Tired of being grabbed and fondled on Tokyo subways, Japanese women are speaking out and asking police for help in stopping "chikan," or subway molesters. Police have asked the train companies to consider single-sex cars for women and children, a scenario not seen in 40 years.
Subway molestation has been a well-known problem for years, and the train companies are increasing their campaign against the harassment. Posters in subways tell women to beware of and immediately report molesters. Announcements are being made in the stations and in the cars to warn molesters that they are being watched. "We are asking women who have suffered from abuse to report cases before the fondlers escalate their attacks," said a police spokesman. At one train station, police have arrested 34 men so far this year, almost double last year's number. Women are also becoming more aggressive, complaining publicly and shouting in the subway to humiliate the grabber.
Many men in Tokyo openly look at pornography or at comics depicting graphic rape scenes while on the subways, in front of women and children. Teenage girls in school uniforms are victimized most often, because many Japanese men find the outfits sexy. The subways are so crowded that it is often hard to tell who is doing the grabbing. While some women support the establishment of women-only train cars, others are worried that any woman who rode with men would be seen as wanting to be fondled.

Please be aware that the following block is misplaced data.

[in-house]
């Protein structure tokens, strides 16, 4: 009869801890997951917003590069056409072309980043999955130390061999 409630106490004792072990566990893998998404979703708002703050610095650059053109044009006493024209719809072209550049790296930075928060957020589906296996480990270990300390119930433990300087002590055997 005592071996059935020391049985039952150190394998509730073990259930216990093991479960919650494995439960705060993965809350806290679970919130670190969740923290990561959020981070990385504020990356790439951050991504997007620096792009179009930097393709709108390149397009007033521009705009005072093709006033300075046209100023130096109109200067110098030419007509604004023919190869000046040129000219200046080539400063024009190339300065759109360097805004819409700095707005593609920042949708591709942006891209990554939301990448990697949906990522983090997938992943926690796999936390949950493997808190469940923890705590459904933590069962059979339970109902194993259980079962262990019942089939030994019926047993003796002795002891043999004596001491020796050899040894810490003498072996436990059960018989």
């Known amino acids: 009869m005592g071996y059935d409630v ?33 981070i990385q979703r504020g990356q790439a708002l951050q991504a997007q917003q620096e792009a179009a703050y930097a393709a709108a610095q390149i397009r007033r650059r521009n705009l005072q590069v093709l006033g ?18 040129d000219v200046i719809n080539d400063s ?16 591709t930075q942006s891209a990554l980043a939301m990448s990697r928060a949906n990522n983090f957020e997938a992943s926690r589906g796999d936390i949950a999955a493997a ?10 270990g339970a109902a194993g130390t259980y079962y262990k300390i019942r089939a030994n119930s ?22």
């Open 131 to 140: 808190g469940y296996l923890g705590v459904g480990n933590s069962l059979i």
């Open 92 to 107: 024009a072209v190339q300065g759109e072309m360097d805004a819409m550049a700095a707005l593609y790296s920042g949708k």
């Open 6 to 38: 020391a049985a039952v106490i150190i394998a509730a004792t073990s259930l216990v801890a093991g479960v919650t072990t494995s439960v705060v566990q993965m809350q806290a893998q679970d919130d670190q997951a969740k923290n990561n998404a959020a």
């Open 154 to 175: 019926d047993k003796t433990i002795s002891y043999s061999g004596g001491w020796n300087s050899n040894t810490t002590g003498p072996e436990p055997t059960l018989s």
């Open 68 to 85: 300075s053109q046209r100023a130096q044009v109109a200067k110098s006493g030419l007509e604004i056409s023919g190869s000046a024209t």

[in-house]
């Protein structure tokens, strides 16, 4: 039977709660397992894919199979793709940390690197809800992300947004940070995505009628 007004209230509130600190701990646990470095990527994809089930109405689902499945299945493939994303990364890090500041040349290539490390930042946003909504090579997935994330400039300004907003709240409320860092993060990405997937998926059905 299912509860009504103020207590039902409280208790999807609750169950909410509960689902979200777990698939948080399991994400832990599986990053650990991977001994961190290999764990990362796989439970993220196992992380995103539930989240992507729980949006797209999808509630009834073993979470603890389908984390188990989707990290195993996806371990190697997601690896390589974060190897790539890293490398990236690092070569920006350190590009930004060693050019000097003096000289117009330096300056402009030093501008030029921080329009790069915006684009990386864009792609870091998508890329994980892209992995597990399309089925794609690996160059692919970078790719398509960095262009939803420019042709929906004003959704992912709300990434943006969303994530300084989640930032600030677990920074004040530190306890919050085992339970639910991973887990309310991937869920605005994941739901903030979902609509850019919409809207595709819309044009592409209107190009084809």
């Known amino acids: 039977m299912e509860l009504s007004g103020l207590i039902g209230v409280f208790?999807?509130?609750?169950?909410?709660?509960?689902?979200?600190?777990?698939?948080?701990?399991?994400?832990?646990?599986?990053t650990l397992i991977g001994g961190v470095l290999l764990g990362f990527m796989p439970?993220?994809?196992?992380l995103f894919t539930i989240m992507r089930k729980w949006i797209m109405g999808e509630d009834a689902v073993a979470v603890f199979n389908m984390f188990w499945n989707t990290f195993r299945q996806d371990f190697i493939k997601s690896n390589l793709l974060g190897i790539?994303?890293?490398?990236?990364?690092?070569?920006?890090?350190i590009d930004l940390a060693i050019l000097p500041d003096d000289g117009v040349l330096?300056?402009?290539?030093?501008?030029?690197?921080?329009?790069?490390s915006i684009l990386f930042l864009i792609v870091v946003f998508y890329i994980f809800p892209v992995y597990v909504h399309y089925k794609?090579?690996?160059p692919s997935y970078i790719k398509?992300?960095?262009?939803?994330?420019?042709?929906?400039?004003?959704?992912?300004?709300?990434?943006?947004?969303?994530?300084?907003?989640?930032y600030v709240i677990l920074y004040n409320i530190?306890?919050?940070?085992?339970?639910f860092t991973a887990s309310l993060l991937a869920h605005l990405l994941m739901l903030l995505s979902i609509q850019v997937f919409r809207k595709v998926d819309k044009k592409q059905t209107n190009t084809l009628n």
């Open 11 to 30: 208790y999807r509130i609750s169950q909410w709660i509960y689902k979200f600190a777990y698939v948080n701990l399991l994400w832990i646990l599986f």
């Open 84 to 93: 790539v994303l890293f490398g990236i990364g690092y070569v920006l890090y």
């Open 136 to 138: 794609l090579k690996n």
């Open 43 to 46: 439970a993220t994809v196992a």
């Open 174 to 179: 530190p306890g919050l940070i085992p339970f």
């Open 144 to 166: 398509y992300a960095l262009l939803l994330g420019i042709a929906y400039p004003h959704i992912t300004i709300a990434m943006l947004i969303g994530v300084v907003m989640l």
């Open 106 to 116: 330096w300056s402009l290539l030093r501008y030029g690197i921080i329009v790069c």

Media Resources: Washington Post - October 4, 1997
The following is a statement by our Founder and President, Eleanor Smeal, on the events in Ferguson, Missouri.
The Feminist Majority Foundation calls for the appointment of a special prosecutor to conduct a thorough, unbiased investigation into the shooting death of unarmed African-American teenager Michael Brown by Ferguson, Missouri police officer Darren Wilson.
The killing of Michael Brown and the blundered, militarized response by law enforcement to the call for justice is a tragic reminder that in many African American communities across the nation, the police themselves can be a threat.
Given the distrust of the police by the local African American community, the close ties between the St. . . .